History & Mission

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The History of BCHS

The founder of Bishop Connolly High School, Bishop James L. Connolly, invited the Society of Jesus (Jesuits) to staff this school for boys in 1966. In the fall of 1969, the Brothers of Christian Instruction joined the staff, bringing to Connolly a rich tradition of educational excellence which had marked Msgr. Prevost High School in Fall River since 1927. Ten years later, in 1980, Bishop Connolly High School became coeducational; successor to Bishop Gerrard High School. Bishop Gerrard’s vibrant history of Catholic education for young women had its traditions founded in Jesus Mary Academy, Sacred Hearts Academy, Dominican Academy and Mount Saint Mary reaching back to the early years of the 20th century. Today, as a Catholic college preparatory high school in the diocesan educational system of Fall River, Bishop Connolly High School serves students from over 30 cities and towns in an extensive geographical area covering southeastern Massachusetts and Rhode Island.

The Mission of Our School

Rooted in Jesus Christ and the values of the Catholic Church, Bishop Connolly High School supports and develops students holistically to be “not only hearers, but doers of the Word.

We believe that…

  • Each member of the school community has the obligation to live out the gospel value of love and service to others.
  • All students can come to know and have a personal experience with Jesus Christ and the Catholic Church.
  • A standards-based curriculum, rooted in the Gospel, facilitates academic, spiritual, physical, cultural, and social growth among students.
  • Ongoing professional development in the spiritual, academic and pedagogical domains cultivate a more skilled and nurturing faculty.
  • All students can learn provided they are given the appropriate contextual support.
  • Critical thinking can be taught and nurtured.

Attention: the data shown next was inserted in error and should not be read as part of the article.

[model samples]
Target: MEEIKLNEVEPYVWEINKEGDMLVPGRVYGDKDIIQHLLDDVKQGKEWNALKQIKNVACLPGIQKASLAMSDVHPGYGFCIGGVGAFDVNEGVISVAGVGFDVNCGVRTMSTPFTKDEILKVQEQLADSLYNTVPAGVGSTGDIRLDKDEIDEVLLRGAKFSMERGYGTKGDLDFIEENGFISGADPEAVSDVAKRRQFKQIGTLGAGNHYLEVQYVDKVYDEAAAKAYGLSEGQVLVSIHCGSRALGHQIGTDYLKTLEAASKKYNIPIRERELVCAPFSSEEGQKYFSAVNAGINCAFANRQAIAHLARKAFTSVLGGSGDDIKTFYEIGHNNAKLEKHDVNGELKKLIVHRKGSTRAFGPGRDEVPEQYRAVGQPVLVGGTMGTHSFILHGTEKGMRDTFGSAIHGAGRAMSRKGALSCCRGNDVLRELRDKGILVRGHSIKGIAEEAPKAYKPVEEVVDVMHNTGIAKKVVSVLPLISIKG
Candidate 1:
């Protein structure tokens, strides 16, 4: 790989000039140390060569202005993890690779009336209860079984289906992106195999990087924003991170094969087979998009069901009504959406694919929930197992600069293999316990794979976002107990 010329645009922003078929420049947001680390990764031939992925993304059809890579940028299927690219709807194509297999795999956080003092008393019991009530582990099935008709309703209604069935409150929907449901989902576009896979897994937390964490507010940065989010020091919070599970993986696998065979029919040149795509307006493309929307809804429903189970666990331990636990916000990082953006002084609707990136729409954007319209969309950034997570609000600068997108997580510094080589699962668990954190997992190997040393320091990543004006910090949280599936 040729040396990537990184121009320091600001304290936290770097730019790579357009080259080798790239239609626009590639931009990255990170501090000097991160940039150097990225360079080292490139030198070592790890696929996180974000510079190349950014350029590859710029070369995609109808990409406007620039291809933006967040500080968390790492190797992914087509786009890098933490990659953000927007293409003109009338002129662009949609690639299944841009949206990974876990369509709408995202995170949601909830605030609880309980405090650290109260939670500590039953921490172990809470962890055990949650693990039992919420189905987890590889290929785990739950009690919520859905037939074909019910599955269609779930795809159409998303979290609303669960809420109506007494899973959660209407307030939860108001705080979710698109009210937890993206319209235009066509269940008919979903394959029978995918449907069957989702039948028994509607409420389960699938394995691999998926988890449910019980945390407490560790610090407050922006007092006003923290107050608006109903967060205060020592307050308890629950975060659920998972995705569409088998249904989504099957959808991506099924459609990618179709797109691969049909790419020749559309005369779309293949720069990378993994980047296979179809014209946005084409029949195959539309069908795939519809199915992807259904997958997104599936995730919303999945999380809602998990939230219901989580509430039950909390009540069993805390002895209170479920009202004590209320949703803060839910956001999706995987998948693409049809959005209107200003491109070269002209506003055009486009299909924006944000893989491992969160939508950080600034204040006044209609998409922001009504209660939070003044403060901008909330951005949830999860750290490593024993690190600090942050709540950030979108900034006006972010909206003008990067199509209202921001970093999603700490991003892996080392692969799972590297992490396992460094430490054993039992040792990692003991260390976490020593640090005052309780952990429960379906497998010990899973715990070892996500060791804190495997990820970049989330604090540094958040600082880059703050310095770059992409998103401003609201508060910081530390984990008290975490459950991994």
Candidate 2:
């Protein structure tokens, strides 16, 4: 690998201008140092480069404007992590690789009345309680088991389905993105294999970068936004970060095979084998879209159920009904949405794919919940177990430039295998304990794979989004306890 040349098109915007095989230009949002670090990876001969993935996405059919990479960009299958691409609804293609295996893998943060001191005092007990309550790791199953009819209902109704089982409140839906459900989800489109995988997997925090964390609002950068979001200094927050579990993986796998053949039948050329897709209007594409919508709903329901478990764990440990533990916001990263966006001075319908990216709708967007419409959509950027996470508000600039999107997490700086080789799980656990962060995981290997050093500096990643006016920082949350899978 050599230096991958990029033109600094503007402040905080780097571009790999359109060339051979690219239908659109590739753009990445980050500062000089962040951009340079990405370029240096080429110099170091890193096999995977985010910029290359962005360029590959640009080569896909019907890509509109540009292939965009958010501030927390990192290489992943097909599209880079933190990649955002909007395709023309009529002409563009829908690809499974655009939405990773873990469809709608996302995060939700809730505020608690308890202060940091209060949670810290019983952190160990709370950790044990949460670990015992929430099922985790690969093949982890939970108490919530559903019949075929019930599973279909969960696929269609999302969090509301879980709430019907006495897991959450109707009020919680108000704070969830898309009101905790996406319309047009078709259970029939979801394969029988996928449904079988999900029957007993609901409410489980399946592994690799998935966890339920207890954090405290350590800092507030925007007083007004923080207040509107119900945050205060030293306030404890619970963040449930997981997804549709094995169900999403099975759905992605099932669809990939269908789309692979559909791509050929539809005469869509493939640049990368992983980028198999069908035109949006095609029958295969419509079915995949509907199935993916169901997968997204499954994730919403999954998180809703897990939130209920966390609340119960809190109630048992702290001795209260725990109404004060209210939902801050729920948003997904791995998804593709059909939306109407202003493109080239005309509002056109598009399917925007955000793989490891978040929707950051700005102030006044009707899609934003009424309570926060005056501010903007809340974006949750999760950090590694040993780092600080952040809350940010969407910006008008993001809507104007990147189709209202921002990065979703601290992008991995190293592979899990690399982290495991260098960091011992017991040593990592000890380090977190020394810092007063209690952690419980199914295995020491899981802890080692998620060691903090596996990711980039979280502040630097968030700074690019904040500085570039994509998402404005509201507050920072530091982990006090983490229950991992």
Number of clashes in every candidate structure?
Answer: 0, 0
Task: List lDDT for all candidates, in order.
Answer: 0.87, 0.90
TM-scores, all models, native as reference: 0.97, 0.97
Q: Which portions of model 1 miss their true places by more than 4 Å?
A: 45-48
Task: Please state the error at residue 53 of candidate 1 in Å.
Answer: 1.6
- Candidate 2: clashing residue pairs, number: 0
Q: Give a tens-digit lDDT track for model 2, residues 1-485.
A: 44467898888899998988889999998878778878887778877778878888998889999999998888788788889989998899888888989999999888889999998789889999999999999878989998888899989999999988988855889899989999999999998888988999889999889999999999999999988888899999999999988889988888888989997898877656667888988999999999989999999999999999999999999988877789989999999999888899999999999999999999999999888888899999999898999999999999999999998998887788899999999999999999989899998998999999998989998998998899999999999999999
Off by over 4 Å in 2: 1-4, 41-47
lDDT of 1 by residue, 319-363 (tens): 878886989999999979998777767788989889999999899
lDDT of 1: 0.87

• Students learn best in an environment that is safe, secure and accountable.
  • A Catholic, holistic approach to education facilitates the development of life-long learners who become leaders in the secular world.
  • Families are a vital component of the school community.
  • Personal integrity, respect for diversity and multiculturalism should permeate the entire school community.
  • There exists an obligation to attend to the health and well-being of members of the school community.

Our students will be able to…

  • Demonstrate knowledge of the teachings and traditions of the Catholic Church.
  • Make morally responsible decisions based on the teachings and traditions of the Catholic Church.
  • Develop a culture of Christian Service to the neighbor.
  • Acquire, integrate and apply essential knowledge.
  • Access information from a variety of sources.
  • Communicate effectively through reading writing, speaking, active listening, computing, the arts, and technology.
  • Think critically.
  • Solve problems effectively.
  • Develop skills for life-long learning.
  • Demonstrate moral personal, social, and civic responsibilities.
  • Actively participate in and contribute to their Church and civic communities.
  • Demonstrate respect for diversity in a global society.

Our Religious Vision

  • The Jesuits’ long association with Connolly, from 1966 to 1995, laid a strong foundation upon which Connolly continues to build.
  • That tradition calls young men and women to find God in all things, to experience their own value in God’s eyes, and to respond to that experience with generous service to God and others.
  • This vision, which is the heart of Connolly, remains the central focus and mission of our faculty, staff and families.
  • In order to appreciate and develop their talents, students are challenged to excellence. This goal is accomplished through academic classes, extra-curricular activities, religious instruction, and team cooperation. Interwoven throughout these experiences is the principle that to know God is to learn more about loving oneself, so as to love one’s neighbor.
  • Consequently, our graduates, as people touched by the Spirit of God in the tradition of St. Ignatius, are prepared to be “not only hearers, but doers of the Word.”